Please use this identifier to cite or link to this item: https://ahro.austin.org.au/austinjspui/handle/1/31649
Title: Increased retinal drusen in IgA glomerulonephritis are further evidence for complement activation in disease pathogenesis.
Austin Authors: Harraka, P;Wightman, Tony;Akom, Sarah;Sandhu, Kieran;Colville, Deb;Catran, Andrew;Langsford, David;Pianta, Timothy;Barit, David;Ierino, Frank;Skene, Alison ;Mack, Heather;Savige, Judy
Affiliation: Department of Medicine, Northern Health, The University of Melbourne, Parkville, VIC, 3050, Australia.
Nephrology
Pathology
The University of Melbourne Department of Ophthalmology, Royal Victorian Eye and Ear Hospital, East Melbourne, VIC 3002, Australia.
Issue Date: 31-Oct-2022
Date: 2022
Publication information: Scientific Reports 2022
Abstract: Drusen are retinal deposits comprising cell debris, immune material and complement that are characteristic of macular degeneration but also found in glomerulonephritis. This was a pilot cross-sectional study to determine how often drusen occurred in IgA glomerulonephritis and their clinical significance. Study participants underwent non-mydriatic retinal photography, and their deidentified retinal images were examined for drusen by two trained graders, who compared central drusen counts, counts ≥ 10 and drusen size with those of matched controls. The cohort comprised 122 individuals with IgA glomerulonephritis including 89 males (73%), 49 individuals (40%) of East Asian or Southern European ancestry, with an overall median age of 54 years (34-64), and median disease duration of 9 years (4-17). Thirty-nine (33%) had an eGFR < 60 ml/min/1.73 m2 and 72 had previously reached kidney failure (61%). Overall mean drusen counts were higher in IgA glomerulonephritis (9 ± 27) than controls (2 ± 7, p < 0.001). Central counts ≥ 10 were also more common (OR = 3.31 (1.42-7.73, p = 0.006), and were associated with longer disease duration (p = 0.03) but not kidney failure (p = 0.31). Larger drusen were associated with more mesangial IgA staining (p = 0.004). Increased drusen counts were also present in IgA glomerulonephritis secondary to Crohn's disease but not with Henoch-Schonlein purpura. The finding of retinal drusen in IgA glomerulonephritis is consistent with complement activation and represents a model for better understanding glomerular immune deposition and a supporting argument for treatment with anti-complement therapies.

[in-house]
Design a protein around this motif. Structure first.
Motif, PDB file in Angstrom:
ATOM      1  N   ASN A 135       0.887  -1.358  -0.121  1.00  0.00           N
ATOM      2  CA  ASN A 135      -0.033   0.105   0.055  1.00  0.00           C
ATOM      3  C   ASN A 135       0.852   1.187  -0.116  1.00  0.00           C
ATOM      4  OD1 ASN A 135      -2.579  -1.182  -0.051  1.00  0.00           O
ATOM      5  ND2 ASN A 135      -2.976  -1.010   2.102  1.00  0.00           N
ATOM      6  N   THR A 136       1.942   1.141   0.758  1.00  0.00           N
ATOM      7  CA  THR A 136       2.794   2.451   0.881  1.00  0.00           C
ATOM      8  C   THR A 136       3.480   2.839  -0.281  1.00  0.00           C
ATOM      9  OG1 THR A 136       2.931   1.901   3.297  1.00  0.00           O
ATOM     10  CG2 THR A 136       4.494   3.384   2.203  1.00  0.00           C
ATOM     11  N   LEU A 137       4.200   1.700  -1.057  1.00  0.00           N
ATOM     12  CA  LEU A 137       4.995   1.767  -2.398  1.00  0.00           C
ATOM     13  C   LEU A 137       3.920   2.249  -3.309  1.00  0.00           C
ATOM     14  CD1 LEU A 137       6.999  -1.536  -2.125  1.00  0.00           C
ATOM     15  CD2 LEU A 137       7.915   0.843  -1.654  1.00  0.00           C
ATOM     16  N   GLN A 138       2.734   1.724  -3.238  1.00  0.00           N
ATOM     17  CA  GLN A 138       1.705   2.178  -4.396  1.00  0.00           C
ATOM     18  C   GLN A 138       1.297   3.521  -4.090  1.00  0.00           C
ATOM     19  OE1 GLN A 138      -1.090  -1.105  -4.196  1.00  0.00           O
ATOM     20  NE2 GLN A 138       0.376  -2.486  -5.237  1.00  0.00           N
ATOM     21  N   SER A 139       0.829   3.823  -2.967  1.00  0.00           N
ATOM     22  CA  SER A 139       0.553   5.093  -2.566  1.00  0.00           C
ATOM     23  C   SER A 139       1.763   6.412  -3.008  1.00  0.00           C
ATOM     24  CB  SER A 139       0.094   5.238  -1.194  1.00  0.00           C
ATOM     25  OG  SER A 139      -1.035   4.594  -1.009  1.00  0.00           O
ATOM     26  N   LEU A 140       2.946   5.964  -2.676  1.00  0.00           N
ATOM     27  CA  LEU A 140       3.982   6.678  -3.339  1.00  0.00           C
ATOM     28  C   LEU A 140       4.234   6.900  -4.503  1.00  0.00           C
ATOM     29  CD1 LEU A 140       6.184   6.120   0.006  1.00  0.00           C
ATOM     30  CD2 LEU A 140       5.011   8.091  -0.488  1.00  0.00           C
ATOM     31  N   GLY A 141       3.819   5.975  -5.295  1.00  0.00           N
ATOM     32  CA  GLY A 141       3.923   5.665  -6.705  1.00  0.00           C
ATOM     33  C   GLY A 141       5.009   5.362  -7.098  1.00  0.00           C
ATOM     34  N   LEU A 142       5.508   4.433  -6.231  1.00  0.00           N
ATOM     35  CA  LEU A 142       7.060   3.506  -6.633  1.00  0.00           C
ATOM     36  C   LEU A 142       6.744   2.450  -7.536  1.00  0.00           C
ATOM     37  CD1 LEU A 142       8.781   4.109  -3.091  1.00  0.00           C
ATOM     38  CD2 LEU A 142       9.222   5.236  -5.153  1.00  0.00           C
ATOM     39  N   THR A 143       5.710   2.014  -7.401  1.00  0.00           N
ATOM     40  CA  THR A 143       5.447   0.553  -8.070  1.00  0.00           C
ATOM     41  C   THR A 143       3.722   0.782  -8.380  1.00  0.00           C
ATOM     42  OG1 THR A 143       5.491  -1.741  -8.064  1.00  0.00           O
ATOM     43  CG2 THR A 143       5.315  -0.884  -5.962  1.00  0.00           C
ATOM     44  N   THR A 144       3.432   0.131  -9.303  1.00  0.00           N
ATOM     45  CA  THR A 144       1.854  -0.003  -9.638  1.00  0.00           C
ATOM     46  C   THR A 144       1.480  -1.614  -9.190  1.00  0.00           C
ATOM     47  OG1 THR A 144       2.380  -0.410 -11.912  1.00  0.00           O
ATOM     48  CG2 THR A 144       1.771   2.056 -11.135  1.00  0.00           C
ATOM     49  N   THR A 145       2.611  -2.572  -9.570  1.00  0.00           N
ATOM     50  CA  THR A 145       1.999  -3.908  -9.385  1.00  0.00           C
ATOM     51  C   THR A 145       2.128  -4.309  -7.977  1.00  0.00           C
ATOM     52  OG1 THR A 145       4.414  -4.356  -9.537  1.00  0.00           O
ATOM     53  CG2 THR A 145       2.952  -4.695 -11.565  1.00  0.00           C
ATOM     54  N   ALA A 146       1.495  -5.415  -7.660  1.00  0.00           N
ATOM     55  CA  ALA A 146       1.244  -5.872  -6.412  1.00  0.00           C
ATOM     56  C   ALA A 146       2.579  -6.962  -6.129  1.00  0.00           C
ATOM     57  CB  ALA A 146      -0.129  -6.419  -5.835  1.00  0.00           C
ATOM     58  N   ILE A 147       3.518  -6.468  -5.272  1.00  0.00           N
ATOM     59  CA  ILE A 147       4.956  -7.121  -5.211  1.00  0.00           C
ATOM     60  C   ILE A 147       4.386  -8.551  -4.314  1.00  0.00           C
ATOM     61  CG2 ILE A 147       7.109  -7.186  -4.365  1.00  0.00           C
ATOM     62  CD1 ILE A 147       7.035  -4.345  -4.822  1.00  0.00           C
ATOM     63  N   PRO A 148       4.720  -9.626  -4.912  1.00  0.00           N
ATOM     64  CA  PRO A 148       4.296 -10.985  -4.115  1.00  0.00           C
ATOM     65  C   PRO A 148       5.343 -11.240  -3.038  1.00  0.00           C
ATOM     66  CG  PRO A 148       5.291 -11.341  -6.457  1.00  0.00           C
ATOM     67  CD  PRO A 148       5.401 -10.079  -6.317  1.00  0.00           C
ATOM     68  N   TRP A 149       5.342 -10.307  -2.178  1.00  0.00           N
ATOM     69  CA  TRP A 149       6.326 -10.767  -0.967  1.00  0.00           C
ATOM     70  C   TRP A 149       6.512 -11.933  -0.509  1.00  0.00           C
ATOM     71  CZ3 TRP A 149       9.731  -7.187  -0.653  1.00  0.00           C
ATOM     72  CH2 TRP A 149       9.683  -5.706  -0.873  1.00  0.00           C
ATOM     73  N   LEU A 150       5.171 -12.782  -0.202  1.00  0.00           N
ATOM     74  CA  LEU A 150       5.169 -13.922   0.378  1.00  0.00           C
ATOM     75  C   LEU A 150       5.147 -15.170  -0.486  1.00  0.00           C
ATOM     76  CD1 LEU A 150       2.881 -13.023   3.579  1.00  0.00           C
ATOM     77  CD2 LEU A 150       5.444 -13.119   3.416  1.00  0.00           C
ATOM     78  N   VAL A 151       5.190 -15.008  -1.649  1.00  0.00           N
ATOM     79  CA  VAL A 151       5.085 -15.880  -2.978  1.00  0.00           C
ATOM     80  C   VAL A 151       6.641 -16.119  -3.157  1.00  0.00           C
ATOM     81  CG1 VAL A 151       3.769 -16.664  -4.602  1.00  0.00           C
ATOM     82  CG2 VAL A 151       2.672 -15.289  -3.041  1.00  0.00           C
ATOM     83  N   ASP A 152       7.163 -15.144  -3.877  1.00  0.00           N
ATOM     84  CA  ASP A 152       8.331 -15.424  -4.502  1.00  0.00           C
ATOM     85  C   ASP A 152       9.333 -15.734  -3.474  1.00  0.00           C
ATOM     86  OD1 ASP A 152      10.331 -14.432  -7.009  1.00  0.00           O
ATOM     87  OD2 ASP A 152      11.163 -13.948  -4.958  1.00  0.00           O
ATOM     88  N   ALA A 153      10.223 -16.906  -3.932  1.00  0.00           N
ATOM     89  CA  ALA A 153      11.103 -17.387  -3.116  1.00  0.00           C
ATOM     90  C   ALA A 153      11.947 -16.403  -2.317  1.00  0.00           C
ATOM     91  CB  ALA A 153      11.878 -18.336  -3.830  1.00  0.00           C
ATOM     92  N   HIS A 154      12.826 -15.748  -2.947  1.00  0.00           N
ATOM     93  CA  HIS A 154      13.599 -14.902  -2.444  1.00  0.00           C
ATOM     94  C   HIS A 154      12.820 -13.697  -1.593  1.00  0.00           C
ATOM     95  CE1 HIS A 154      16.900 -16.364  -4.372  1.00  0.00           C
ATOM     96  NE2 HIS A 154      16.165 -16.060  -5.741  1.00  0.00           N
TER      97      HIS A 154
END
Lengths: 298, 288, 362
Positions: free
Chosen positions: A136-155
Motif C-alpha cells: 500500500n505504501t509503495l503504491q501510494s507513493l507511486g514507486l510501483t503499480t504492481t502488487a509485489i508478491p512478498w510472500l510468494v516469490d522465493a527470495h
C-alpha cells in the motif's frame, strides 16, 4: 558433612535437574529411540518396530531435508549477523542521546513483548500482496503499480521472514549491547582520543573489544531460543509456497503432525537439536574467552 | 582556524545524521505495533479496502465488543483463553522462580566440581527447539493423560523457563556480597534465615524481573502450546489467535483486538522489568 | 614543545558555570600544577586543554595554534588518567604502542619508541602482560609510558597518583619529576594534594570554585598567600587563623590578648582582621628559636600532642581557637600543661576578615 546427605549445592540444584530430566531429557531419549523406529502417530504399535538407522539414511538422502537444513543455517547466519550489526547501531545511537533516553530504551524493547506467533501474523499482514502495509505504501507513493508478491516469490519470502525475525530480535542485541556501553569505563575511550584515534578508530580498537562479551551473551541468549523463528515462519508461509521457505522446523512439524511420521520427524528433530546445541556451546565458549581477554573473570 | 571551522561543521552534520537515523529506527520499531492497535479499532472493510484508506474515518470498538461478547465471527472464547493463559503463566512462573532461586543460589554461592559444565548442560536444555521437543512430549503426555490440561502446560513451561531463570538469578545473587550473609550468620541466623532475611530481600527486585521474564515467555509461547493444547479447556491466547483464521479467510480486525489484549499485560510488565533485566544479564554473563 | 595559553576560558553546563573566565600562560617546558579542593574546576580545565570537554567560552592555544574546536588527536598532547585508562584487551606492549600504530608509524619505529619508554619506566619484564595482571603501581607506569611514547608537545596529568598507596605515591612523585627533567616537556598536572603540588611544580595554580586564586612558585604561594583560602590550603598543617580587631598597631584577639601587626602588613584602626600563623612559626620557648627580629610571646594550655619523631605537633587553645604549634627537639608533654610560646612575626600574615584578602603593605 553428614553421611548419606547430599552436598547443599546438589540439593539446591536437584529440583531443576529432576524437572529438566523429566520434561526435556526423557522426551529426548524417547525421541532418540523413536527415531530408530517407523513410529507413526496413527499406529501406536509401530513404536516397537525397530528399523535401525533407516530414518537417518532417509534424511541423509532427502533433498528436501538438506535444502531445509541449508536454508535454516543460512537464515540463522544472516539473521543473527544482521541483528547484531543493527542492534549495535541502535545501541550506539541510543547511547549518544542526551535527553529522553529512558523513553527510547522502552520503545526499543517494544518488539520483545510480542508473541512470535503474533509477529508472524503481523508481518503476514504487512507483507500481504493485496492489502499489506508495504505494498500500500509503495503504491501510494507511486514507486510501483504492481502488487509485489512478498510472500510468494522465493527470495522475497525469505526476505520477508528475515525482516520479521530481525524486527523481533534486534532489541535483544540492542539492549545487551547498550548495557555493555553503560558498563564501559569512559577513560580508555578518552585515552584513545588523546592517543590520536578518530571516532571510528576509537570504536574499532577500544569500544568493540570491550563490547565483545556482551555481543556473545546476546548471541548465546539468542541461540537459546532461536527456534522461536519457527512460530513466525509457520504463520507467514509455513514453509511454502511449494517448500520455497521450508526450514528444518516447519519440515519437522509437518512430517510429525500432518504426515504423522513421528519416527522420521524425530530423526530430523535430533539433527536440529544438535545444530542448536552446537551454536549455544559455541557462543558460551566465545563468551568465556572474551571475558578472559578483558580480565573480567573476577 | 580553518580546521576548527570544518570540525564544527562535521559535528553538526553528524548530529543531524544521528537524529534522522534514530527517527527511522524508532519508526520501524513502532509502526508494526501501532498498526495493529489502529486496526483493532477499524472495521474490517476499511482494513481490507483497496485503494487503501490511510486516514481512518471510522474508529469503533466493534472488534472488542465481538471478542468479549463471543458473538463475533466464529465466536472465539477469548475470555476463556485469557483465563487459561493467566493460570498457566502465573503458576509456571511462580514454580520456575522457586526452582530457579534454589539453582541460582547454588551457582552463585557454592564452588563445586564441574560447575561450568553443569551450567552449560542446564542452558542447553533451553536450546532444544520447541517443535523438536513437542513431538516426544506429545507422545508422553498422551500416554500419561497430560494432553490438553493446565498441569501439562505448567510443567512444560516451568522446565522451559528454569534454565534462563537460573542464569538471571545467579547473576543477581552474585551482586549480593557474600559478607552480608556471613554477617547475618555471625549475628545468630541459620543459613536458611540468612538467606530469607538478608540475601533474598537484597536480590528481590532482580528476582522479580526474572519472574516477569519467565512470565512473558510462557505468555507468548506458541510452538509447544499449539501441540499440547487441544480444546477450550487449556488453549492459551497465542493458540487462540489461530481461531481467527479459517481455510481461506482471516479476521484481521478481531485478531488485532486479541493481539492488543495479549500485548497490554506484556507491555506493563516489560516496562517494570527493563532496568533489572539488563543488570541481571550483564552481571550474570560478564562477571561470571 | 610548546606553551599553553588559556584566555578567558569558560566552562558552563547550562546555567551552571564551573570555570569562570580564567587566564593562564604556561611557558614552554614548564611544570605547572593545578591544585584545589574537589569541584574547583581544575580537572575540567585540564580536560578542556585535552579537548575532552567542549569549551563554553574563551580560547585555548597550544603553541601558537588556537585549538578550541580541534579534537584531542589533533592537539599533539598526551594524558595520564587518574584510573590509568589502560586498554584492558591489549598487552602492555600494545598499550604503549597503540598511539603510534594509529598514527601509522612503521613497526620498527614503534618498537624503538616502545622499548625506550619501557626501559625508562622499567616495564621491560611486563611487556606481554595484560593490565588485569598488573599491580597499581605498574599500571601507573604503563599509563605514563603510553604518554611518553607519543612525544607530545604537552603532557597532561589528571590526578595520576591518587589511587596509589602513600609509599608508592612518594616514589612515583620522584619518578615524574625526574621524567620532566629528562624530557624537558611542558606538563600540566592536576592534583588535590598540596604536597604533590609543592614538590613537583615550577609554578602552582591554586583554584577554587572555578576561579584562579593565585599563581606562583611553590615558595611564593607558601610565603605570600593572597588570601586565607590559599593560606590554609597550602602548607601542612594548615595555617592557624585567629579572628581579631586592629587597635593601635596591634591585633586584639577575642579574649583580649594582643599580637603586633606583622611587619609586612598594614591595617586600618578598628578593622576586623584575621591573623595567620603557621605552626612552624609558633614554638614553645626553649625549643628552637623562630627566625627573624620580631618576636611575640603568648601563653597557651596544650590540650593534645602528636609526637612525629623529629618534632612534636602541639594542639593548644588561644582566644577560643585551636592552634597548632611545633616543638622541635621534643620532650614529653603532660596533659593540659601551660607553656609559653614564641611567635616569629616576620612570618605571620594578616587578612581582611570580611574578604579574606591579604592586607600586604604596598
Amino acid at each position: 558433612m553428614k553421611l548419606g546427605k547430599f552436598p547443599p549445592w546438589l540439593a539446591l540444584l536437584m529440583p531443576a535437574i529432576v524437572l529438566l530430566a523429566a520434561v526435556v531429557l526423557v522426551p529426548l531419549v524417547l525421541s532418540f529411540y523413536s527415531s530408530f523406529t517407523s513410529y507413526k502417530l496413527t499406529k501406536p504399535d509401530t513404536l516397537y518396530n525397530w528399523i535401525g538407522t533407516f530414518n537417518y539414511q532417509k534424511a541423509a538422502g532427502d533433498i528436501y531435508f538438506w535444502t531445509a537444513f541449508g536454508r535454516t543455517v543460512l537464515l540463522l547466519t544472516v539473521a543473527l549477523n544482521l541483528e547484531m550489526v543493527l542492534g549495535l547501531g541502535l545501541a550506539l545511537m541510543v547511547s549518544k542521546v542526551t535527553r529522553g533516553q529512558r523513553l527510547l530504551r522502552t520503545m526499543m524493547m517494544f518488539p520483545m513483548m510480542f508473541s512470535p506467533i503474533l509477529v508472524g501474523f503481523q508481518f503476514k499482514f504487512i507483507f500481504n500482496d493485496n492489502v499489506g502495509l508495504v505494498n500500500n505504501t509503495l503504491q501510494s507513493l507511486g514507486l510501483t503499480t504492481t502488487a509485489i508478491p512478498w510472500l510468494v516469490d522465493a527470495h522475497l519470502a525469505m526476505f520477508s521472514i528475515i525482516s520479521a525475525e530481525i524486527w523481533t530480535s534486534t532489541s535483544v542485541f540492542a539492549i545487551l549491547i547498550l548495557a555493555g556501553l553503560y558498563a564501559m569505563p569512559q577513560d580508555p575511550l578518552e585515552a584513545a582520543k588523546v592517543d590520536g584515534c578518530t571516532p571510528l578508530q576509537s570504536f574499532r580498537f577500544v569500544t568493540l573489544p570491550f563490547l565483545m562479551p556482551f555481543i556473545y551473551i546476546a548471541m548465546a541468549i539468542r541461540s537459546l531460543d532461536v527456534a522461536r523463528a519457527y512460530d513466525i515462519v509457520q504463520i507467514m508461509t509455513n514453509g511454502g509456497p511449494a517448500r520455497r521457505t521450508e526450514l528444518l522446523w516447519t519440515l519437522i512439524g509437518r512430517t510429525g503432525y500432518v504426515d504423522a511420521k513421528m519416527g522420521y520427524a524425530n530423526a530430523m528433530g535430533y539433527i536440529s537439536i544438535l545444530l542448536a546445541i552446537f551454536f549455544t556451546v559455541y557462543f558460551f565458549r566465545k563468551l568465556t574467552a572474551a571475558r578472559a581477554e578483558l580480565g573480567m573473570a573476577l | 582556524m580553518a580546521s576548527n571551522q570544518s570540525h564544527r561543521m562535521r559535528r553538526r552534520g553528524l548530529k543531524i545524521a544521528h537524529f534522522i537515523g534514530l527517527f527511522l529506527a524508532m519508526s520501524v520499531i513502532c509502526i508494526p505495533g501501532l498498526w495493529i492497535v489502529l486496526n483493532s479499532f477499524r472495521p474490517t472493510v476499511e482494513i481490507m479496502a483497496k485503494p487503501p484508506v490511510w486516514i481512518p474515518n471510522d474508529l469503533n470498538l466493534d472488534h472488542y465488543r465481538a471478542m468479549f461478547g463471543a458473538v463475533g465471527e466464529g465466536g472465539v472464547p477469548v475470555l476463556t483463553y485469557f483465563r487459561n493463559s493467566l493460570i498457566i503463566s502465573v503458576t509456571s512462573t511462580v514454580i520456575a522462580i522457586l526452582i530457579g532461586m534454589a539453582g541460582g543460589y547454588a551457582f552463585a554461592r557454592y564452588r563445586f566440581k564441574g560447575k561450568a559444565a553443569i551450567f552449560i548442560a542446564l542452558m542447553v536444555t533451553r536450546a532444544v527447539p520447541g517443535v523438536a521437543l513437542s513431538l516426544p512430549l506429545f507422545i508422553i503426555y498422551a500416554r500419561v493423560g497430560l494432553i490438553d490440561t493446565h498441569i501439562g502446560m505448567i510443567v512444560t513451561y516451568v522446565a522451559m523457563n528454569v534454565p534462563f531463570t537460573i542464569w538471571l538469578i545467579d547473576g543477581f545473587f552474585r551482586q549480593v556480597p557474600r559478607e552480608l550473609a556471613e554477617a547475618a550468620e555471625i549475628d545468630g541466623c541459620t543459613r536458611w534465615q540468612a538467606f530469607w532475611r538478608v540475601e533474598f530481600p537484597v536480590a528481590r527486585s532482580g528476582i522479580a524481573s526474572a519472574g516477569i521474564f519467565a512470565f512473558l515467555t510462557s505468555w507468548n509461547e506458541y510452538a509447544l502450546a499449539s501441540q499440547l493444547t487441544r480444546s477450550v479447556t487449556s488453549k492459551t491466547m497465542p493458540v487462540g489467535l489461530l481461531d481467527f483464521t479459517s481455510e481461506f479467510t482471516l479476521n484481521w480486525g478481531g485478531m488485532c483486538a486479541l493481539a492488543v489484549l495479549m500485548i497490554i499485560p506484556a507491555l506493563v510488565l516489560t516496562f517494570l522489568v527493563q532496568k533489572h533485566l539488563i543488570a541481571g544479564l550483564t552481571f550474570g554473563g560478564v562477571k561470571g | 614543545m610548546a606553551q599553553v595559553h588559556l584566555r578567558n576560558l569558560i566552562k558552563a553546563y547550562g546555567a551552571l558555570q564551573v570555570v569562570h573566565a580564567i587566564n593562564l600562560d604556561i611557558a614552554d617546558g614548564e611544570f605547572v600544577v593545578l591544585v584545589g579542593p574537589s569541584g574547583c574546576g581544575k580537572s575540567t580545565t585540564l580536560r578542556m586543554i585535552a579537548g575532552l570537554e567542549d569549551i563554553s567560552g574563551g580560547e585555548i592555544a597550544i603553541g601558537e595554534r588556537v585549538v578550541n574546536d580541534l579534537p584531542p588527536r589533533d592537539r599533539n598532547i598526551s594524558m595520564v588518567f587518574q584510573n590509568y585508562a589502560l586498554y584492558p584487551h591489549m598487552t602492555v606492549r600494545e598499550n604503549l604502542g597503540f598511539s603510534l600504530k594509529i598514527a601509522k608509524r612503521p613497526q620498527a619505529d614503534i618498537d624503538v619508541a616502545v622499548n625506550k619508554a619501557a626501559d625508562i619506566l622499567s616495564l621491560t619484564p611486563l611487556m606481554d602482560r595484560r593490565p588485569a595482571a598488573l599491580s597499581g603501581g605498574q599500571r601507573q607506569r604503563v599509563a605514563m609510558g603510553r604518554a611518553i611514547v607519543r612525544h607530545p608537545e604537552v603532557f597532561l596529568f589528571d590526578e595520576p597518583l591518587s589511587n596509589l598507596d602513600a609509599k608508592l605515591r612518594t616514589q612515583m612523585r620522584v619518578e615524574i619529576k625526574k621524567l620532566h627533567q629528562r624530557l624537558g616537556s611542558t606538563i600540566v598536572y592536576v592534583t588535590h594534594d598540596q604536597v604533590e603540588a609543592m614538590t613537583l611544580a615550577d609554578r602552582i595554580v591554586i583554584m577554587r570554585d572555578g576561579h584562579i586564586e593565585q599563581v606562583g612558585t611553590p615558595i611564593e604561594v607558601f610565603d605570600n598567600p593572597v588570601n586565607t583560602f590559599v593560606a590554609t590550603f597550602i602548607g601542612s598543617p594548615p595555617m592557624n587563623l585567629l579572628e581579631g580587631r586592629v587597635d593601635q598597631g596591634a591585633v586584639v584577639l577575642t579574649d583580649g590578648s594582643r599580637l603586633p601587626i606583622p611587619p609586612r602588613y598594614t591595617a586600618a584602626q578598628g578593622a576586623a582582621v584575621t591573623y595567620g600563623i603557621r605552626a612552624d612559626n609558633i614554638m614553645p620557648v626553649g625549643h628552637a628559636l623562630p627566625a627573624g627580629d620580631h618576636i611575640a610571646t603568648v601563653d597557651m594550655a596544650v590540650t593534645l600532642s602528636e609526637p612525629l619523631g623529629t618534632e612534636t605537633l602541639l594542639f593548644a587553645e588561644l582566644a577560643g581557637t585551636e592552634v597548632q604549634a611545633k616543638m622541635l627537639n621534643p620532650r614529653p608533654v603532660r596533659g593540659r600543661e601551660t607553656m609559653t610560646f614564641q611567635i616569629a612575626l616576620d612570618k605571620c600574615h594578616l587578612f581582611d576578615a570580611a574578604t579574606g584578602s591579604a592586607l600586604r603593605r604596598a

URI: https://ahro.austin.org.au/austinjspui/handle/1/31649
DOI: 10.1038/s41598-022-21386-y
ORCID: 
Journal: Scientific Reports
Start page: 18301
PubMed URL: 36316518
ISSN: 2045-2322
Type: Journal Article
Subjects: glomerulonephritis
retinal drusen
Retinal Drusen/etiology
Glomerulonephritis, IGA/complications
Complement Activation/physiology
Glomerulonephritis/complications
Appears in Collections:Journal articles

Show full item record

Page view(s)

32
checked on Jul 15, 2024

Google ScholarTM

Check


Items in AHRO are protected by copyright, with all rights reserved, unless otherwise indicated.